Mass Arbitration: AAA Looks to Reign in Administrative Costs

Mass arbitration is a recent phenomenon created by enterprising plaintiffs as a direct result of a string of Supreme Court decisions that endorsed the use of class action waivers in arbitration agreements and precluded class-wide arbitration absent a specific agreement. Mass arbitration has targeted some of the largest corporations in America, as well as numerous financial services companies.

Designed to weaponize arbitration agreements against these companies, mass arbitration, in large part, exploits the asymmetries in the administrative fees and costs required to commence an arbitration. Those administrative costs can be staggering. In one example, Uber was forced to pay nearly $91 million dollars in administrative fees to AAA just to start the arbitration process with over 31,000 claimants. Claimants have successfully leveraged these significant and mandatory fees to extract large settlements from businesses at the outset of cases.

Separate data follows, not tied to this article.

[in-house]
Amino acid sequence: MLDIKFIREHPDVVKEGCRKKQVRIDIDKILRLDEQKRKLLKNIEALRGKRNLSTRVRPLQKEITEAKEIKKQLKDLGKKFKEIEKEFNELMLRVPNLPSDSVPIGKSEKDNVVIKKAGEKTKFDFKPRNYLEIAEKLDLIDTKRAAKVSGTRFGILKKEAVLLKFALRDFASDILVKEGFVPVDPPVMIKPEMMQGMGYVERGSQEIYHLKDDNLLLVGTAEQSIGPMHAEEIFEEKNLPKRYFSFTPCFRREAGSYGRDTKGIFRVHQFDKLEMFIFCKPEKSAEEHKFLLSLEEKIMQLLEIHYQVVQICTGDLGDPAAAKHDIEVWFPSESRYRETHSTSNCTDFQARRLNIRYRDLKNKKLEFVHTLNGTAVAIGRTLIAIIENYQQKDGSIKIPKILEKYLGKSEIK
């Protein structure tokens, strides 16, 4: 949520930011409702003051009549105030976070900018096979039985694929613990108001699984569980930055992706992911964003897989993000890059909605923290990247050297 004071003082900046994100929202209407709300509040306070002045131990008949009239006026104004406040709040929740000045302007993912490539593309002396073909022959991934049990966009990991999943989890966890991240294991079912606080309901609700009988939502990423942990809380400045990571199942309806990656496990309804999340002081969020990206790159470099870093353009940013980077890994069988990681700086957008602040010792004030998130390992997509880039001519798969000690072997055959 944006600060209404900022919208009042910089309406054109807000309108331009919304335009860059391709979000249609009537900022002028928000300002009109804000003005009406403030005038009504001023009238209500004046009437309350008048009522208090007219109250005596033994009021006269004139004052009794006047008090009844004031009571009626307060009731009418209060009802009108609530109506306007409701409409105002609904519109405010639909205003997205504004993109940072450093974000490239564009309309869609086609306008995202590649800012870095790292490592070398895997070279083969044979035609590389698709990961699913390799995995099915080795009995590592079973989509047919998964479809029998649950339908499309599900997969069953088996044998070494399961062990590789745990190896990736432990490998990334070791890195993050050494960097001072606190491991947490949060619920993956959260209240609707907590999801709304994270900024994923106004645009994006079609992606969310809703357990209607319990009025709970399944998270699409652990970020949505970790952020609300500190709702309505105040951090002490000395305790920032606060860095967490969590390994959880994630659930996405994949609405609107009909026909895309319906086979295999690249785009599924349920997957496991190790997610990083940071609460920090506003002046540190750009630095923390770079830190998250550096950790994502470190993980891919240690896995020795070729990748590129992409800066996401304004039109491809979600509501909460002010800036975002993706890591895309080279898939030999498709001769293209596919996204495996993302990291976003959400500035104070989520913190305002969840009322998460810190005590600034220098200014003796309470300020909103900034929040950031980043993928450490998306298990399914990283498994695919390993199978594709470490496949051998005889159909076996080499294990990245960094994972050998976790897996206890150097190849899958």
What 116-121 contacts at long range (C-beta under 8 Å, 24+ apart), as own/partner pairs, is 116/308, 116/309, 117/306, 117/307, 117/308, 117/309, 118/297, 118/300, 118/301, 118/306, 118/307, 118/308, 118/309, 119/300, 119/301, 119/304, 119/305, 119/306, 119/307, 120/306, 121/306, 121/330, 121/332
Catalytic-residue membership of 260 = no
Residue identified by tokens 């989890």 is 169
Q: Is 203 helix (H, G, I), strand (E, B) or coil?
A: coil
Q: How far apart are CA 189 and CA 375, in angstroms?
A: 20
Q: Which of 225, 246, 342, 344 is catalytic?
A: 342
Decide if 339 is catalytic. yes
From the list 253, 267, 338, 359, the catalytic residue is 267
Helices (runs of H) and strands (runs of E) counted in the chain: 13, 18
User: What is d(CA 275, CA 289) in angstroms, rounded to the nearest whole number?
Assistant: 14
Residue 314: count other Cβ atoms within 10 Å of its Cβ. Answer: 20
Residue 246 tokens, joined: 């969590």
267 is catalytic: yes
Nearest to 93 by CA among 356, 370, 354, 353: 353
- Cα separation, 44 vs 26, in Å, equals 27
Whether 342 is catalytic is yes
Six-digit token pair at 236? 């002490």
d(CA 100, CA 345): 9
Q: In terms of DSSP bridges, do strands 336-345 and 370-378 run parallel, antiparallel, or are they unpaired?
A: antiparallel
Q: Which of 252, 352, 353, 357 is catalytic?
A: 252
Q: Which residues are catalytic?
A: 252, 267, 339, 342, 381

The American Arbitration Association (AAA) recently released Supplementary Rules and Fee Schedules for Consumer Mass Arbitrations that, on their face, appear to substantially reduce the administrative costs borne by businesses and also streamline the mass arbitration process.

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